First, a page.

Dear Students: An Open Letter from High School

Feven Shonga, Staff Reporter

Dear Students,

The four years you spend in high school will be some of the most crucial years of your young lives. These few years will be filled with highs and lows, but you can–and should–make the best of them. You’re going to have a lot on your plate with heavy class loads, extracurricular activities, and whatever standardized tests you will take to impress colleges. Regardless, take this time to live in the moment, and learn from everything you encounter.

Go to the games, scream at the top of your lungs at the pep rallies, and enjoy the dances. If you prefer not to do that, like many, join programs and clubs that fit your interests. Practice key skills necessary for patient care in the Health Careers Academy, tell moving stories through videography in the Broadcast Journalism Academy, challenge yourself to outwit your opponent in chess club, or play some of the many sports offered here. Take this time to experience all that you can, and figure out what you want or might not want to do. Take advantage of any and all opportunities presented to you.

Enroll in AP and IB classes not just for college credit, but for the knowledge you will gain in these classes. Join classes like IB Literature where you can learn about the different types of racism, something you will not find in many other schools across the country. Learn for the love of learning. Ask questions, challenge what everyone else believes, and actively seek the answers to your questions. Seek knowledge: as Alan Moore said, “Knowledge, like air, is vital to life. Like air, no one should be denied it.” Take advantage of an opportunity to get an education, an opportunity that others are denied.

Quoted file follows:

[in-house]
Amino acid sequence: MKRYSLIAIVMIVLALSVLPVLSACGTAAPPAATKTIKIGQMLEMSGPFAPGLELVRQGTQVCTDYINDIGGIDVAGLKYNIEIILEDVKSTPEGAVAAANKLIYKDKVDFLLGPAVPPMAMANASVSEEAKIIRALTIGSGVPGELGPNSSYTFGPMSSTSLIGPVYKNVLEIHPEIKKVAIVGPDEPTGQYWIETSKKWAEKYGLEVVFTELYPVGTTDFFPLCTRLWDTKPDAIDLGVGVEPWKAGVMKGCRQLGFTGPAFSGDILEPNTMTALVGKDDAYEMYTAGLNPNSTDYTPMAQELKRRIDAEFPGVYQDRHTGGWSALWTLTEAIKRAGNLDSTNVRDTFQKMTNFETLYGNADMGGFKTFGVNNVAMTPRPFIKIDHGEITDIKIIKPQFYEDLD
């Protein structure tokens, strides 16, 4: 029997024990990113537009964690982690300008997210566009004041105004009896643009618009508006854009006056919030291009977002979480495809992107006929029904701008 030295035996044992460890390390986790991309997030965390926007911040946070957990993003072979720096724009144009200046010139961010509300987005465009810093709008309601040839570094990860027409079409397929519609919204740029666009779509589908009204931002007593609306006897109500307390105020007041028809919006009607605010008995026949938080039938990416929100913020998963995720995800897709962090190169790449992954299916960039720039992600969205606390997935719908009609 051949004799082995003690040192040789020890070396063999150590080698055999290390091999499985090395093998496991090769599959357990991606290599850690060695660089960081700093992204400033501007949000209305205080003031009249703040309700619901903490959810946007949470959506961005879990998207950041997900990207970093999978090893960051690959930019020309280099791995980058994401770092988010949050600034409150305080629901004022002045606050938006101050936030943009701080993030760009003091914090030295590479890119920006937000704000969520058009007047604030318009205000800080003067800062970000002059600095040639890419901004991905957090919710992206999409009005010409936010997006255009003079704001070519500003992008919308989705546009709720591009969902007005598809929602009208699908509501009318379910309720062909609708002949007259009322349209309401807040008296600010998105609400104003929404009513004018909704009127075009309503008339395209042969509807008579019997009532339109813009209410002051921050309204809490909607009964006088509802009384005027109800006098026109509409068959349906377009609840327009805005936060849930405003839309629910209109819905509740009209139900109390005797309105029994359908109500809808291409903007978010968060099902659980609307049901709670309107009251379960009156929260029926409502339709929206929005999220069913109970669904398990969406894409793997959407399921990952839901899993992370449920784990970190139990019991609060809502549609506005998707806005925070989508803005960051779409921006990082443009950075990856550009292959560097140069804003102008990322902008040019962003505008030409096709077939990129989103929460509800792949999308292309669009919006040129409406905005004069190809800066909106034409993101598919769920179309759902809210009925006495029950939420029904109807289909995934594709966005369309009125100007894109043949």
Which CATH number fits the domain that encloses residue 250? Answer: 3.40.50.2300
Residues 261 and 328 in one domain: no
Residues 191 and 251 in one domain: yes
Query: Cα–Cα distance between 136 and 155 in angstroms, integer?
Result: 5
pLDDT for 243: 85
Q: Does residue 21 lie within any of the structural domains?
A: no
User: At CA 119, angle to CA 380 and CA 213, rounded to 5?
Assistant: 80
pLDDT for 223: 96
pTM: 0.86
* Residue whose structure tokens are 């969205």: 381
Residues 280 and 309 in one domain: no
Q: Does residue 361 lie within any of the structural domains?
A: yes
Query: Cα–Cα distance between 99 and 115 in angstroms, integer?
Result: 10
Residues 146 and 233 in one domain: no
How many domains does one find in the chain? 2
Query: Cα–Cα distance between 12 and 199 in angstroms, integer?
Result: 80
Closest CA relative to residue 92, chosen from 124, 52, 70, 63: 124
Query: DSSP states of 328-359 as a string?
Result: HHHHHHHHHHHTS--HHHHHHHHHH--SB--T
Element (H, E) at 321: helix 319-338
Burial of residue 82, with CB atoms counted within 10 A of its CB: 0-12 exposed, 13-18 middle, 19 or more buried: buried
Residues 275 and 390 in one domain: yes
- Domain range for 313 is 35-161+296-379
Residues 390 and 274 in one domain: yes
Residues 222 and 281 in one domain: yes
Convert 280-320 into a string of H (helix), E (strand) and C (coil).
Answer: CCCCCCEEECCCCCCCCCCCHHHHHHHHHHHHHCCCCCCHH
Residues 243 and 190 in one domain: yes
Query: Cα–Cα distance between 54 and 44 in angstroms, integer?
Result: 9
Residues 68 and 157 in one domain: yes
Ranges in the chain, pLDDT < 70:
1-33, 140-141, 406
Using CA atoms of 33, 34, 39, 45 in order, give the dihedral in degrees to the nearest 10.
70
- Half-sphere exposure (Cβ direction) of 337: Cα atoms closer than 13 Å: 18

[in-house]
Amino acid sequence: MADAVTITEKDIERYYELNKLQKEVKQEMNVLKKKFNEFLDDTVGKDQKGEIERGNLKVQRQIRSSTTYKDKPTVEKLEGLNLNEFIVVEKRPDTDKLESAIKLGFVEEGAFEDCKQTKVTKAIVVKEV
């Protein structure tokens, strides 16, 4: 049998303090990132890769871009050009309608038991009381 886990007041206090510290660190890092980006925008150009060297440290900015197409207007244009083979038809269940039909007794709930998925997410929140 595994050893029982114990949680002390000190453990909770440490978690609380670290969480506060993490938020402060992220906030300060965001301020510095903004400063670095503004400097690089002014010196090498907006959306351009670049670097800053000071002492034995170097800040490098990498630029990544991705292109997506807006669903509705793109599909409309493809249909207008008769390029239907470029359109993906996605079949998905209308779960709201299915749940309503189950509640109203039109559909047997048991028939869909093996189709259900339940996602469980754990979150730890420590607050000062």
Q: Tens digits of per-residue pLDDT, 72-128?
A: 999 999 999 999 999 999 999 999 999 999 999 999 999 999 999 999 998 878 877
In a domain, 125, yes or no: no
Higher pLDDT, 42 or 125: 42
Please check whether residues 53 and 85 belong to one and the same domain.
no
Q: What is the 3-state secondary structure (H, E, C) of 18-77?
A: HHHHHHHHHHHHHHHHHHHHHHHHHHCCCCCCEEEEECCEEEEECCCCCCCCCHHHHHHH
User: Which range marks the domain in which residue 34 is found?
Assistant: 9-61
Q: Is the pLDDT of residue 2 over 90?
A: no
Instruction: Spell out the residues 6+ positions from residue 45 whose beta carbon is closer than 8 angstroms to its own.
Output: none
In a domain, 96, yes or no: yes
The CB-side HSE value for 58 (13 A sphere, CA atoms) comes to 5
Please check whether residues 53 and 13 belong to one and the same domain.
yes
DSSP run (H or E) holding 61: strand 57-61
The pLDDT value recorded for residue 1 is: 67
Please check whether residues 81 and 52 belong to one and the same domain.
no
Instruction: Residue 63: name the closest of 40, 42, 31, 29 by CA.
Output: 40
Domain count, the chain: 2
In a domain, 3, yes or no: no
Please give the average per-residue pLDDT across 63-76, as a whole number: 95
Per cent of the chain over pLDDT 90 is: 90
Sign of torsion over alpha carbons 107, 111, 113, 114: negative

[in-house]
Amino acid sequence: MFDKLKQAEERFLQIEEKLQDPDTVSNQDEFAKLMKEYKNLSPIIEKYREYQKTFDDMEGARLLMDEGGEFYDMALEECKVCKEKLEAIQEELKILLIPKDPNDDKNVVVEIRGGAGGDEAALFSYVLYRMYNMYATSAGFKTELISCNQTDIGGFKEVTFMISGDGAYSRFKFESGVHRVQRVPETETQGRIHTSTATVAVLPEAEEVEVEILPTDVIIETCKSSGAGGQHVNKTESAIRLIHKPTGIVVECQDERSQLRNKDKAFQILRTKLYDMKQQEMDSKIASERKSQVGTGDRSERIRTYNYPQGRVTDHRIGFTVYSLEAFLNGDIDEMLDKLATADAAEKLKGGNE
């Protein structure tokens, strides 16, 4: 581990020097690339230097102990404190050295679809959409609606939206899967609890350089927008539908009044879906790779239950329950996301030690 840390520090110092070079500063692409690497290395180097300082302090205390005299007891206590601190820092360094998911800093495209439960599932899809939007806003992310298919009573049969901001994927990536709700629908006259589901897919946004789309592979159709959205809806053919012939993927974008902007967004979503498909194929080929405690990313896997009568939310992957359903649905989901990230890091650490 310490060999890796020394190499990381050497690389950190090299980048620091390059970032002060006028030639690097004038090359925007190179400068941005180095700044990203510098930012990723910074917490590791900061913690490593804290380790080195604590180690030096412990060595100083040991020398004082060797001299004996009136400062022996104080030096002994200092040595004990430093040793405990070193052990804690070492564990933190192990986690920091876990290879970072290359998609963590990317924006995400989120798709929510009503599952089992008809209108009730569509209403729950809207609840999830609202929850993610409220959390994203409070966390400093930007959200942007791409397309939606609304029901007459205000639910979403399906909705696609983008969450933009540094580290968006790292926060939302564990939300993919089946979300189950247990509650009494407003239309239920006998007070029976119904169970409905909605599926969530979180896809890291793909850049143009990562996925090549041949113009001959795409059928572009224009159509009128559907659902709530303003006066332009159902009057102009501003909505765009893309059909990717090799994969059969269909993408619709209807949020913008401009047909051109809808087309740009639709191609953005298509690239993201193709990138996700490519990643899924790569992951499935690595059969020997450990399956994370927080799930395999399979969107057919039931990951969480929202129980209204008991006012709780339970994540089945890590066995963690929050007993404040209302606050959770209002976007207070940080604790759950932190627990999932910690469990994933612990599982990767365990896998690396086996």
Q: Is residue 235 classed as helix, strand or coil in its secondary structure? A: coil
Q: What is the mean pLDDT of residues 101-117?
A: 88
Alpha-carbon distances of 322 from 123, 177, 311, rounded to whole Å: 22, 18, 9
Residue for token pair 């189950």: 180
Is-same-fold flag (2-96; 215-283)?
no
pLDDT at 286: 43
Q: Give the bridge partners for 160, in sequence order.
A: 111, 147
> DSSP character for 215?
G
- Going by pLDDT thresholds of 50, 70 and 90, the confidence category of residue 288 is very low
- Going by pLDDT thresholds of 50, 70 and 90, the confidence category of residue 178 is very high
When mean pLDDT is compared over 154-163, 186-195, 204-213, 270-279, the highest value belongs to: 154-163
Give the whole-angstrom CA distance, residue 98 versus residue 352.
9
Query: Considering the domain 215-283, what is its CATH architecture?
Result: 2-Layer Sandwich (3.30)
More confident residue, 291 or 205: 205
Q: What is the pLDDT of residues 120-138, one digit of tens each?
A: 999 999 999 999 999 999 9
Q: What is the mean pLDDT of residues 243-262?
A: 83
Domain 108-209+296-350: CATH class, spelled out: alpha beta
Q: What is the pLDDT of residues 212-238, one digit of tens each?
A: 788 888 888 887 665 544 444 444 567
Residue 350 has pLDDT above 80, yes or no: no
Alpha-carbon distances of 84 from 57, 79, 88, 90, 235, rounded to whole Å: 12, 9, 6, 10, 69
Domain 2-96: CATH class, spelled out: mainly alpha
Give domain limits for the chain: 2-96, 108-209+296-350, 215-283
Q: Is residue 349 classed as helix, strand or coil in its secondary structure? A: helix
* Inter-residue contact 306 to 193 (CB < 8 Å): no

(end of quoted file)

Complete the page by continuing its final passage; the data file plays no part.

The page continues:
All that being said, these four years are going to feel too long at times. There are going to be times when the work you’re assigned becomes overwhelming, when the amount of sleep you get decreases, and when life simply happens. You may feel alone being in a school filled with thousands of kids, but know that you are supported. Take care of your mental health. If you feel overwhelmed, go to your favorite teachers, your counselors, or your peers and ask for help. Go to your favorite teachers, your counselors, or your peers.

With all the work that you do here, there will be times when you will fail. You might fail a big test, in a competition, or at something outside of school entirely. Never let this discourage you. Be strong and learn from your failures. Don’t quit something you love because you failed it the first time. Don’t let your failures make you lose yourself. Reflect, find out what you did wrong, and do better next time, the time after that, and the time after that. Techniques that work for others might not work for you, so find out what you can do to best fit your needs. When you find out what you can do to be better, take it and run with it until you meet your goals.

Just as you will be going through these things, so will your peers. Remember to be kind. It doesn’t cost anything, and it will help us build a strong community. The smallest act of kindness, like a smile, can brighten up someone’s day. You never know what people are going through, so let kindness radiate through your thoughts and your actions.

Finally, after these four years, you are going to walk across that stage into an unpredictable future. Wherever this future may take you, all the hard work you persevered through will reflect there. Manifest your dreams into reality, see yourself in your happy place, and take on the world. You got this, kid!


High School